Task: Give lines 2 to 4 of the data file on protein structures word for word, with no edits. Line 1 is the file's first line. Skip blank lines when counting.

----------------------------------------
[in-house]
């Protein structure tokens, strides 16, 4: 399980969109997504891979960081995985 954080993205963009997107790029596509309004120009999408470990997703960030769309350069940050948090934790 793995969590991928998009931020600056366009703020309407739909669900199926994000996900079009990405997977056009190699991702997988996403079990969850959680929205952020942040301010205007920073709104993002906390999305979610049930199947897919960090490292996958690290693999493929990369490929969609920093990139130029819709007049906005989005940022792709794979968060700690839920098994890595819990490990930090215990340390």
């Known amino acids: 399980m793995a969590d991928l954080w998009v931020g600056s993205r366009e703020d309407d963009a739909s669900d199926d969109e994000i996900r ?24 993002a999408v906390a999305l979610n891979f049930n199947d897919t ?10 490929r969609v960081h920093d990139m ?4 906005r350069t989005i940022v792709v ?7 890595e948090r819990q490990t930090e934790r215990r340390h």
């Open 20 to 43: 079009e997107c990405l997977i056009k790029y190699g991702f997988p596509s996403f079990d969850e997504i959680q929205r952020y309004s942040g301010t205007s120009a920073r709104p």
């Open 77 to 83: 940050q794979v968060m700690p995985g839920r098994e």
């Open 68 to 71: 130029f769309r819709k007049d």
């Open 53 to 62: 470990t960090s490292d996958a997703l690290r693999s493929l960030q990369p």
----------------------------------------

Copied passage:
């Protein structure tokens, strides 16, 4: 399980969109997504891979960081995985 954080993205963009997107790029596509309004120009999408470990997703960030769309350069940050948090934790 793995969590991928998009931020600056366009703020309407739909669900199926994000996900079009990405997977056009190699991702997988996403079990969850959680929205952020942040301010205007920073709104993002906390999305979610049930199947897919960090490292996958690290693999493929990369490929969609920093990139130029819709007049906005989005940022792709794979968060700690839920098994890595819990490990930090215990340390």
């Known amino acids: 399980m793995a969590d991928l954080w998009v931020g600056s993205r366009e703020d309407d963009a739909s669900d199926d969109e994000i996900r ?24 993002a999408v906390a999305l979610n891979f049930n199947d897919t ?10 490929r969609v960081h920093d990139m ?4 906005r350069t989005i940022v792709v ?7 890595e948090r819990q490990t930090e934790r215990r340390h």
């Open 20 to 43: 079009e997107c990405l997977i056009k790029y190699g991702f997988p596509s996403f079990d969850e997504i959680q929205r952020y309004s942040g301010t205007s120009a920073r709104p």